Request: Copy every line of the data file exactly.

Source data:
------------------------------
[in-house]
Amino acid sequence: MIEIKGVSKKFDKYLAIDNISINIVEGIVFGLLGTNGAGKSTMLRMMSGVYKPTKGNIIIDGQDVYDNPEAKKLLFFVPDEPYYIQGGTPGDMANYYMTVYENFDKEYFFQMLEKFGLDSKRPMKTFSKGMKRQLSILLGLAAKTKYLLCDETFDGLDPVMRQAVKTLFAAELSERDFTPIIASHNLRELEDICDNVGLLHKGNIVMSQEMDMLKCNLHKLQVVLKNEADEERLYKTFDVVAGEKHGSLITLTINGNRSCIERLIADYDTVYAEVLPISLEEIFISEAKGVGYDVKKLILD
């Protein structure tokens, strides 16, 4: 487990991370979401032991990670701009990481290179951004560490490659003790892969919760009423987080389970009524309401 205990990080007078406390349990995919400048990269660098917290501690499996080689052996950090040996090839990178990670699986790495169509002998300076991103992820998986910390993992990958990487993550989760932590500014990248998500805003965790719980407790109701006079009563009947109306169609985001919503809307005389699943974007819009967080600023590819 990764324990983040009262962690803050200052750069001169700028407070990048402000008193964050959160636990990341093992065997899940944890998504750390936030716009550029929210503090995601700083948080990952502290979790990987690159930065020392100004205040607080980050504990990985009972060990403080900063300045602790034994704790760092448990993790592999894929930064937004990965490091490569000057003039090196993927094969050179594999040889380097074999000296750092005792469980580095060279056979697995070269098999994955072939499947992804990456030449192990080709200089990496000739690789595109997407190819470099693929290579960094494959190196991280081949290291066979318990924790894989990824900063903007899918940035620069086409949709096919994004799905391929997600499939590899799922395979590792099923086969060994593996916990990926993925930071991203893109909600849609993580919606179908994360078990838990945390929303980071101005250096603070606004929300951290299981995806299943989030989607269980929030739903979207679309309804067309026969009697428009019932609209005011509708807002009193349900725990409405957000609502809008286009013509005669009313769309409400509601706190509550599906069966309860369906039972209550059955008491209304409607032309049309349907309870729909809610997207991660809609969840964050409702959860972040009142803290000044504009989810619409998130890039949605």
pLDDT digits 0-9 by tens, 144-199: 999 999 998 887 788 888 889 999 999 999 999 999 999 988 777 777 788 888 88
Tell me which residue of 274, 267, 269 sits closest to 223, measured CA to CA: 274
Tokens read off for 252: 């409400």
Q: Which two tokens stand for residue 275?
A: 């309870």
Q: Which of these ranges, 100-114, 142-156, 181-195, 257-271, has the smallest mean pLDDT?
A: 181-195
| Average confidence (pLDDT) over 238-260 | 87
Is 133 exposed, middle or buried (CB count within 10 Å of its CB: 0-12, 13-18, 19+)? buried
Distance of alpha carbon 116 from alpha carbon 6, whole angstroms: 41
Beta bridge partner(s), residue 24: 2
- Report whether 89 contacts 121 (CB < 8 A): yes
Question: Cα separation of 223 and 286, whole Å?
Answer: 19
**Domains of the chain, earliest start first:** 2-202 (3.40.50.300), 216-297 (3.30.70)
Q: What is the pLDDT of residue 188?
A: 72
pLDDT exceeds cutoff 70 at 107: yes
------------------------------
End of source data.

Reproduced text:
[in-house]
Amino acid sequence: MIEIKGVSKKFDKYLAIDNISINIVEGIVFGLLGTNGAGKSTMLRMMSGVYKPTKGNIIIDGQDVYDNPEAKKLLFFVPDEPYYIQGGTPGDMANYYMTVYENFDKEYFFQMLEKFGLDSKRPMKTFSKGMKRQLSILLGLAAKTKYLLCDETFDGLDPVMRQAVKTLFAAELSERDFTPIIASHNLRELEDICDNVGLLHKGNIVMSQEMDMLKCNLHKLQVVLKNEADEERLYKTFDVVAGEKHGSLITLTINGNRSCIERLIADYDTVYAEVLPISLEEIFISEAKGVGYDVKKLILD
């Protein structure tokens, strides 16, 4: 487990991370979401032991990670701009990481290179951004560490490659003790892969919760009423987080389970009524309401 205990990080007078406390349990995919400048990269660098917290501690499996080689052996950090040996090839990178990670699986790495169509002998300076991103992820998986910390993992990958990487993550989760932590500014990248998500805003965790719980407790109701006079009563009947109306169609985001919503809307005389699943974007819009967080600023590819 990764324990983040009262962690803050200052750069001169700028407070990048402000008193964050959160636990990341093992065997899940944890998504750390936030716009550029929210503090995601700083948080990952502290979790990987690159930065020392100004205040607080980050504990990985009972060990403080900063300045602790034994704790760092448990993790592999894929930064937004990965490091490569000057003039090196993927094969050179594999040889380097074999000296750092005792469980580095060279056979697995070269098999994955072939499947992804990456030449192990080709200089990496000739690789595109997407190819470099693929290579960094494959190196991280081949290291066979318990924790894989990824900063903007899918940035620069086409949709096919994004799905391929997600499939590899799922395979590792099923086969060994593996916990990926993925930071991203893109909600849609993580919606179908994360078990838990945390929303980071101005250096603070606004929300951290299981995806299943989030989607269980929030739903979207679309309804067309026969009697428009019932609209005011509708807002009193349900725990409405957000609502809008286009013509005669009313769309409400509601706190509550599906069966309860369906039972209550059955008491209304409607032309049309349907309870729909809610997207991660809609969840964050409702959860972040009142803290000044504009989810619409998130890039949605």
pLDDT digits 0-9 by tens, 144-199: 999 999 998 887 788 888 889 999 999 999 999 999 999 988 777 777 788 888 88
Tell me which residue of 274, 267, 269 sits closest to 223, measured CA to CA: 274
Tokens read off for 252: 């409400």
Q: Which two tokens stand for residue 275?
A: 């309870």
Q: Which of these ranges, 100-114, 142-156, 181-195, 257-271, has the smallest mean pLDDT?
A: 181-195
| Average confidence (pLDDT) over 238-260 | 87
Is 133 exposed, middle or buried (CB count within 10 Å of its CB: 0-12, 13-18, 19+)? buried
Distance of alpha carbon 116 from alpha carbon 6, whole angstroms: 41
Beta bridge partner(s), residue 24: 2
- Report whether 89 contacts 121 (CB < 8 A): yes
Question: Cα separation of 223 and 286, whole Å?
Answer: 19
**Domains of the chain, earliest start first:** 2-202 (3.40.50.300), 216-297 (3.30.70)
Q: What is the pLDDT of residue 188?
A: 72
pLDDT exceeds cutoff 70 at 107: yes